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Consumers have done a little more of their Christmas shopping online in recent years, but a new survey shows a likely surge in online shopping this year.

For example, last season consumers made about 51 percent of their holiday purchases online. This year, estimates that 71 percent will shop mostly online, both for convenience and to avoid potential exposure to the coronavirus (COVID-19).

“Holiday shopping is going to look very different this year,” said industry analyst Ted Rossman. “COVID-19 is accelerating the existing trends toward e-commerce and digital payments.”

Millennials appear to be the shoppers most likely to avoid stores this holiday season. In fact, 74 percent of millennials plan to shop online — compared with 70 percent of Gen Zers, 70 percent percent of Gen Xers, and 70 percent of baby boomers. 

The oldest group, the Silent Generation, appears to be the group most likely to visit brick and mortar stores to do their shopping, even though they generally face the highest risk from the virus.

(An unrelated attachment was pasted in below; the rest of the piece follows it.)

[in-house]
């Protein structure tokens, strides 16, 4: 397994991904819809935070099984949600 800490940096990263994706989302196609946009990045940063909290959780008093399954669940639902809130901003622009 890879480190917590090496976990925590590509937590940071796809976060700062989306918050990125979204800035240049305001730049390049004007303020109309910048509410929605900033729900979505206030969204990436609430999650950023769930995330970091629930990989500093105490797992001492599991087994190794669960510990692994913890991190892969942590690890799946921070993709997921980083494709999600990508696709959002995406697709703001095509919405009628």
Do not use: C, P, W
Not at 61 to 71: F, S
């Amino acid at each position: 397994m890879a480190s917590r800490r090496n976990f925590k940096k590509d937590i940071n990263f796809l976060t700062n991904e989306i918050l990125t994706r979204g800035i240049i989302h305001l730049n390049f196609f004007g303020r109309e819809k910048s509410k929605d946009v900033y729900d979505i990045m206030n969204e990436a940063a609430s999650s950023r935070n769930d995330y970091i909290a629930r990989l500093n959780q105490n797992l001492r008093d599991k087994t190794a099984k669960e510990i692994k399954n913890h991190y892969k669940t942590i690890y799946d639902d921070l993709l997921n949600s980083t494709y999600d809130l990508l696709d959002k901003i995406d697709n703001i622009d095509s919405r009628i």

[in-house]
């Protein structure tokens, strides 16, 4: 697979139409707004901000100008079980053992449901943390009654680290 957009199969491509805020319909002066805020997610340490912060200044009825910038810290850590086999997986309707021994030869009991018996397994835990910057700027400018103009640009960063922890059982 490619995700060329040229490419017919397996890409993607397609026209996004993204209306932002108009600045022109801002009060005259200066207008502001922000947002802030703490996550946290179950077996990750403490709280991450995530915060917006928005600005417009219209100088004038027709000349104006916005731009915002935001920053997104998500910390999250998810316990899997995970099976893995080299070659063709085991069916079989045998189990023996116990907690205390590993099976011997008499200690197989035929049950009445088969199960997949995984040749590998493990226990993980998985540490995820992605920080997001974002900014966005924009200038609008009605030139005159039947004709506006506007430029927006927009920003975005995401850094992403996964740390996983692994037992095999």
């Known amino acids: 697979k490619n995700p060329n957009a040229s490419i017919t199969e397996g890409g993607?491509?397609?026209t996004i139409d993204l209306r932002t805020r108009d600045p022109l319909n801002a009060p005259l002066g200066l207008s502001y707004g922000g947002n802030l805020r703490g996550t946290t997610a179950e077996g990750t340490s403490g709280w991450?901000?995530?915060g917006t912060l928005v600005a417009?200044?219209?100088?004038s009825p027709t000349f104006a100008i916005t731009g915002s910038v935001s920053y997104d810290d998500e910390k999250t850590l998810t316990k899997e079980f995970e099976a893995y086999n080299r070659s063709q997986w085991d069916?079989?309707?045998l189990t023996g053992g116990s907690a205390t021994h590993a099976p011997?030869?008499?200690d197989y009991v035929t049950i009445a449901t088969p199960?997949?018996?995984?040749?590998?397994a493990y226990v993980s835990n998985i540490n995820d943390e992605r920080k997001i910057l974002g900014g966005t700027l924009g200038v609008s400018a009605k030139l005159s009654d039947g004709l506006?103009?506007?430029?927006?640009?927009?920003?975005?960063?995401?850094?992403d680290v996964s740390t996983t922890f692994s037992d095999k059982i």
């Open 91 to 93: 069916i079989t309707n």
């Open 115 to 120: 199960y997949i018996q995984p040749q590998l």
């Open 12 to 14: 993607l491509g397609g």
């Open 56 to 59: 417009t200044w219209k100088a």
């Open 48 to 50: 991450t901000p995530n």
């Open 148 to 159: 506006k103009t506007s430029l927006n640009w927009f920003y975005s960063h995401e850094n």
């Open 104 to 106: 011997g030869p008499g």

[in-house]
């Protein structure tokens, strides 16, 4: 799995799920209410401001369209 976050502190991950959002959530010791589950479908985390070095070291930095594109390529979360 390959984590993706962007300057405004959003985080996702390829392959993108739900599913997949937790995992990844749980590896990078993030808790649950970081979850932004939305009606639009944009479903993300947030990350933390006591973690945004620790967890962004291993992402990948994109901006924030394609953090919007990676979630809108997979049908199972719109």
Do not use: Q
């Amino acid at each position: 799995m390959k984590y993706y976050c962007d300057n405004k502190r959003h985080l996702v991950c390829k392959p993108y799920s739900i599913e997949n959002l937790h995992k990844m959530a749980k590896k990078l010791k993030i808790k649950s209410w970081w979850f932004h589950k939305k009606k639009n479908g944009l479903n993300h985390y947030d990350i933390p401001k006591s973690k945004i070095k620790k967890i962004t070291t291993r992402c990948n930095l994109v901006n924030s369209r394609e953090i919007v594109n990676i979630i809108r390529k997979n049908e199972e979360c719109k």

Deloitte also predicts a sharp rise in online spending

A separate report suggests that consumers will spend a little more this holiday season, despite the pandemic. Deloitte’s annual holiday forecast also predicts a significant increase in online shopping, with e-commerce sales rising as much as 35 percent.

In breaking down projected spending, Deloitte predicts that overall spending will rise by less than 2 percent, with consumers who haven’t been economically impacted by the coronavirus making up for reduced spending by those who have.

“The lower projected holiday growth this season is not surprising given the state of the economy,” said Daniel Bachman, Deloitte’s U.S. economic forecaster. “E-commerce is likely to be a big winner because consumers have shown a clear movement towards buying online rather than at brick and mortar stores.”

Debit cards over credit cards

The survey also found a shift in the way consumers plan to pay for their holiday purchases, with an increase in a preference for debit cards and less reliance on credit cards.

While avoiding holiday debt is always a sound move, credit cards offer more consumer protections, along with other benefits like warranty and purchase protection.

Luis Rosa, certified financial planner and founder of Build a Better Financial Future, suggests using your credit card as though it were a debit card by paying off each purchase as you go, making a payment as soon as the purchase posts on your account.

“This way you don’t let the credit card balance rise and sneak up on you,” he said.